BERKELEY – Berkeley Township recently received a Recycling Tonnage Grant in the amount of $82,078.44 from the New Jersey Department of Environmental Protection (NJDEP), announced Mayor Carmen Amato Jr.
“We are extremely pleased to have received this grant, which was the 4th highest grant award in Ocean County. This is one reason I take every opportunity to promote the importance of recycling to our residents,” said Mayor Amato.
Awarded through the NJ Recycling Enhancement Act, recycling tonnage grants are funded by a $3 surcharge on trash disposed at solid waste facilities all over the state. This money circulates back into local communities based on their recycling accomplishments throughout the year.
“Each of us can have a significant impact on the environment simply by recycling every day,” Commissioner McCabe said. “Recycling helps keep our communities clean, generates revenue and jobs, and lessens the amount of trash going to landfills. These grants will help communities continue the important work of promoting the benefits of recycling and having a positive impact on New Jersey’s quality of life.”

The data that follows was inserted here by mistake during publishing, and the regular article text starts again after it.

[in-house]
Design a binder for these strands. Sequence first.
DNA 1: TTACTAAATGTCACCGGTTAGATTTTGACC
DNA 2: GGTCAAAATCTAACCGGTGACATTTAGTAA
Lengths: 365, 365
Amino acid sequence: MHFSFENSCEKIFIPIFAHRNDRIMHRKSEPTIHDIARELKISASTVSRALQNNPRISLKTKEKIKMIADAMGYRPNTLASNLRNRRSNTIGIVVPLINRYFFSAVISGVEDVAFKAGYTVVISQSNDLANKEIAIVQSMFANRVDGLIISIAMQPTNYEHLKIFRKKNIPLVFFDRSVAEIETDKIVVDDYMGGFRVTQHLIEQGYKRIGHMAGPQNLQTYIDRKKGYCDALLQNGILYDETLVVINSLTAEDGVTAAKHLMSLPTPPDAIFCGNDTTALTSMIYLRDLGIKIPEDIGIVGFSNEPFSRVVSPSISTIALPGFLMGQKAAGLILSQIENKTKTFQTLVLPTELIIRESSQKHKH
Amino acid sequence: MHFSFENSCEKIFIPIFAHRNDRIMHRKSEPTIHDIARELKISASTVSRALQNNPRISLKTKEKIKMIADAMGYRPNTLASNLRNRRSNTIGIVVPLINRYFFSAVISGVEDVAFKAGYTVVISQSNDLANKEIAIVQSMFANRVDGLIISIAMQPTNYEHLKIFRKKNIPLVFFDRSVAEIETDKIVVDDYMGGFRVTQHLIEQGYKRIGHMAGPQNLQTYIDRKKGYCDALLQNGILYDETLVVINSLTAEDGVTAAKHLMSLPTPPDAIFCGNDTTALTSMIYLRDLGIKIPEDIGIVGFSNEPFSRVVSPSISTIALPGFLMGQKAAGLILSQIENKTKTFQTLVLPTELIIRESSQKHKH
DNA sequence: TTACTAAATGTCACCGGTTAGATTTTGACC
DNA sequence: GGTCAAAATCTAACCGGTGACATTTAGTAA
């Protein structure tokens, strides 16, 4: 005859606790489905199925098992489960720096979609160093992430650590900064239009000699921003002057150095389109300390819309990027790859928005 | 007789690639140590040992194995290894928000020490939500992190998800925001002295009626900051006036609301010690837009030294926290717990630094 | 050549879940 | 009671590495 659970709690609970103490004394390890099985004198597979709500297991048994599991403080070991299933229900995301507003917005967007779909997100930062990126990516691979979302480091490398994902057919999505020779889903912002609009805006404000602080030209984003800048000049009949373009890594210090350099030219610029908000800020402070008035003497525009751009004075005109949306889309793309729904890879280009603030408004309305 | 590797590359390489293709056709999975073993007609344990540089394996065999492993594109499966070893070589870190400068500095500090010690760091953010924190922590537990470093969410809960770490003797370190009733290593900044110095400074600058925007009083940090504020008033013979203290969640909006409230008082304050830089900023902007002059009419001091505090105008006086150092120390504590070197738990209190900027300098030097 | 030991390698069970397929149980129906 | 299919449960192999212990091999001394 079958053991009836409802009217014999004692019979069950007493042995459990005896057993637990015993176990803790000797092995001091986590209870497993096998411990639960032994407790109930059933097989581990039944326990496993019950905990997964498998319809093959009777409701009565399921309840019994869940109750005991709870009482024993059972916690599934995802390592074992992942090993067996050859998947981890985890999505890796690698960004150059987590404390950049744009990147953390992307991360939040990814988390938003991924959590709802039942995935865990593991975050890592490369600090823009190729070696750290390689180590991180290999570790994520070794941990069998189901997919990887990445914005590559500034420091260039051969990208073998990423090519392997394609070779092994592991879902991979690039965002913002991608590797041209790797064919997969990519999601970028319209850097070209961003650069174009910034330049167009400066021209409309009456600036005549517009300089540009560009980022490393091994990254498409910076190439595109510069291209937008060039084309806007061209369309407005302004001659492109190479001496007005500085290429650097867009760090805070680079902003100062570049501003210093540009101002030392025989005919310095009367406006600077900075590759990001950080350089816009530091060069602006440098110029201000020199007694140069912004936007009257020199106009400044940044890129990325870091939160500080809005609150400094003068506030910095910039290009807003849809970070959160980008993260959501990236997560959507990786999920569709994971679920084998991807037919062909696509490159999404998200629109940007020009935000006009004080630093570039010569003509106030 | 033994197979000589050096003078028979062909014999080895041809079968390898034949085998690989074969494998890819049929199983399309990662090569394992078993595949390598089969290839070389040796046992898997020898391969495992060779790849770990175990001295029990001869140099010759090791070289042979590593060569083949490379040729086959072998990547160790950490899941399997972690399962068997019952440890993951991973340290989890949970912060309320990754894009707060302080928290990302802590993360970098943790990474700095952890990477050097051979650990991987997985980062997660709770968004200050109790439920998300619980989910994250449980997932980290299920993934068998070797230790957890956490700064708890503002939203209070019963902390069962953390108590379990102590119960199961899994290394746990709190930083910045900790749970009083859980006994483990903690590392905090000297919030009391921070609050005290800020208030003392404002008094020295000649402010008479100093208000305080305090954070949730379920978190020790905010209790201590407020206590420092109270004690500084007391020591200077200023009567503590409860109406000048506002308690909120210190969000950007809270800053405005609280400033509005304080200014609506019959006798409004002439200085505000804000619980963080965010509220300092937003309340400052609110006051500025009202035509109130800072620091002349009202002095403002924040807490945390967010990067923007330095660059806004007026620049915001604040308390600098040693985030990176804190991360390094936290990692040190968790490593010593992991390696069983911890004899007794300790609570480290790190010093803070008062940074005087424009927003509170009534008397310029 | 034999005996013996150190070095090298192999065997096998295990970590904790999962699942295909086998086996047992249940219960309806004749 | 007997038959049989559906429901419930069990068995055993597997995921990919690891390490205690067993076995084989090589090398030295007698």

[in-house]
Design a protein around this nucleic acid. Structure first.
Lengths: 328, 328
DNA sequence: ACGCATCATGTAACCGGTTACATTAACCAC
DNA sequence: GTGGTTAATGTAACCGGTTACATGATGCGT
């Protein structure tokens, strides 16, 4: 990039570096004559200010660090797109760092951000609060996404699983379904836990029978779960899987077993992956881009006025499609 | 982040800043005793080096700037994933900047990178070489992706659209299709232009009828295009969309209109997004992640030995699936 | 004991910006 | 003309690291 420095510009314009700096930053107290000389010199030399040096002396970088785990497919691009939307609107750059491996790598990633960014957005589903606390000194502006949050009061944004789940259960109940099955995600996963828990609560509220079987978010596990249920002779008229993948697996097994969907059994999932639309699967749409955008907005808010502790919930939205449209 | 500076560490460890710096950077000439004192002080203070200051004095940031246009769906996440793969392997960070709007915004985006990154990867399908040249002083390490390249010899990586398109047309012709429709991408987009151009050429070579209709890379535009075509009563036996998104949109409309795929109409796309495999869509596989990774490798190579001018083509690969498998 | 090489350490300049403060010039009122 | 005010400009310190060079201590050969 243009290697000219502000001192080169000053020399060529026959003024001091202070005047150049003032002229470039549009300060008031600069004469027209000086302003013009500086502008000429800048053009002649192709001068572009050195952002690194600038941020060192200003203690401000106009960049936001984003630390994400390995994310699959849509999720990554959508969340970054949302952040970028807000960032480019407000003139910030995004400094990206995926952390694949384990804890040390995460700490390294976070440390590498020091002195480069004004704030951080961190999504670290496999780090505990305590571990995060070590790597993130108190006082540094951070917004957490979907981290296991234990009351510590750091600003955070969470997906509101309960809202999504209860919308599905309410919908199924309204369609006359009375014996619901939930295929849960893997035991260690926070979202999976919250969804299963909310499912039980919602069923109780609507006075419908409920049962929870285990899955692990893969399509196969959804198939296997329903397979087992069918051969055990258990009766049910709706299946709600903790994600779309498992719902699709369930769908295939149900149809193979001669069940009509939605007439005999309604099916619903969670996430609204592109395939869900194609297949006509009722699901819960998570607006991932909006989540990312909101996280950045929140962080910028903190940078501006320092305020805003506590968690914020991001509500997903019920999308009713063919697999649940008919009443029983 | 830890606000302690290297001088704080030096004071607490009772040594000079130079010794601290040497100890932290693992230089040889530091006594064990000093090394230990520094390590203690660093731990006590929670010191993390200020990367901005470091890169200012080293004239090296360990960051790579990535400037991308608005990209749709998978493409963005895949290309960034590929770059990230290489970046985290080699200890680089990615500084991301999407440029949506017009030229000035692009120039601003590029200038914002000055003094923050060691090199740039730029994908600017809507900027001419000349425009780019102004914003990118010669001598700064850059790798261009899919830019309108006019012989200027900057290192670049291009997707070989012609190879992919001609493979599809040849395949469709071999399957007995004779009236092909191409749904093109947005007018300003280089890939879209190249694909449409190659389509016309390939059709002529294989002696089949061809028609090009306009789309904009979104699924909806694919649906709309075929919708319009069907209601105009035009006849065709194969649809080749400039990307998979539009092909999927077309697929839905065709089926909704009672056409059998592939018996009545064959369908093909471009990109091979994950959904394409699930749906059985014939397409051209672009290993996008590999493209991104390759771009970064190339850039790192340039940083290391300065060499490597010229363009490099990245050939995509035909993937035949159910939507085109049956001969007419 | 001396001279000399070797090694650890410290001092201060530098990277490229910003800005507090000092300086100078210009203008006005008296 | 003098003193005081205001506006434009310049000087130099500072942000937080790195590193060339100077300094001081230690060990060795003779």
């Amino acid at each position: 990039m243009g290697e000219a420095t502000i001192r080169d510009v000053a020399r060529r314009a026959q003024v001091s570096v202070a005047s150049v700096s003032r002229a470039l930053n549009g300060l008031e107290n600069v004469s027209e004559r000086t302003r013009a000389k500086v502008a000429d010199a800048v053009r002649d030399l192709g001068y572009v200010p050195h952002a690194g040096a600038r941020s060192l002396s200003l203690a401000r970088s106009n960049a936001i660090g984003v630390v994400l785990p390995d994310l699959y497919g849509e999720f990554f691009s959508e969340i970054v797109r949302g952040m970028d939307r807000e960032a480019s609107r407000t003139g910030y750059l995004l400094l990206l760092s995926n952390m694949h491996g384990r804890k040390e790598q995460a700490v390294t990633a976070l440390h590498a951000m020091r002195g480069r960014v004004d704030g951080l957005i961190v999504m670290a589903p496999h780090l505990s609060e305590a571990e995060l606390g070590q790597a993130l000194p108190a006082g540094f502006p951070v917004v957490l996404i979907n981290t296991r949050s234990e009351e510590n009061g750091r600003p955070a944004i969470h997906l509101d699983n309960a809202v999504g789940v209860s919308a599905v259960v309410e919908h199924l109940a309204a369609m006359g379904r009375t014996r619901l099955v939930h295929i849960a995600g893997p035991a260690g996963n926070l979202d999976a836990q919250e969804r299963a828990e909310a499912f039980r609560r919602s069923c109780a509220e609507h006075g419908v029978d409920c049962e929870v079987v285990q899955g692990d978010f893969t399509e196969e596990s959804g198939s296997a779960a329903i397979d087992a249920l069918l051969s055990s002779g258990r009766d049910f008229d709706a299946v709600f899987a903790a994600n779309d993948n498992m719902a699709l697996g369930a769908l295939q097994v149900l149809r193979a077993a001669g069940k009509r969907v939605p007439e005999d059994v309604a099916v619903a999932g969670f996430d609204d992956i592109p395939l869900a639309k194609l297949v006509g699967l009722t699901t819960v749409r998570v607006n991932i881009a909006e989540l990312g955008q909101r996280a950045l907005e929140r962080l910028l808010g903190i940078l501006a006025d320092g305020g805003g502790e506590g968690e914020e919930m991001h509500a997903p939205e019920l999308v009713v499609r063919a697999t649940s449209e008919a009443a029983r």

The Recycling Tonnage Grant will be used to improve the community’s recycling rate by sponsoring household hazardous waste collection events, providing recycling receptacles and pickup in public places, maintaining leaf composting operations, doing educational outreach about the importance of recycling, or implementing curbside recycling pickup programs, according to the township.
“I would like to remind Berkeley Township residents of the importance of household recycling. As you know mandatory recycling became law in 1987. In 2017, Berkeley Township collected 4,328 tons of recyclables, which is up 25% from the same time four years ago. The recyclables that are collected are brought to the Ocean County Recycling Center,” added Mayor Amato.
Amato noted that single stream recycling has made things easier in recent years. Single stream recycling lumps bottles, cans, newspaper, mixed paper, and cardboard in the same receptacle. Acceptable bottles include:
- Plastic containers where the neck is smaller than the base of the container
- Cans: aluminum, steel, tin and empty aerosol cans.
- Paper: newspapers, mixed papers, corrugated cardboard.
“Let’s all “pitch in” and do our part to recycle, reduce land fill costs and generate additional revenue,” said Mayor Amato.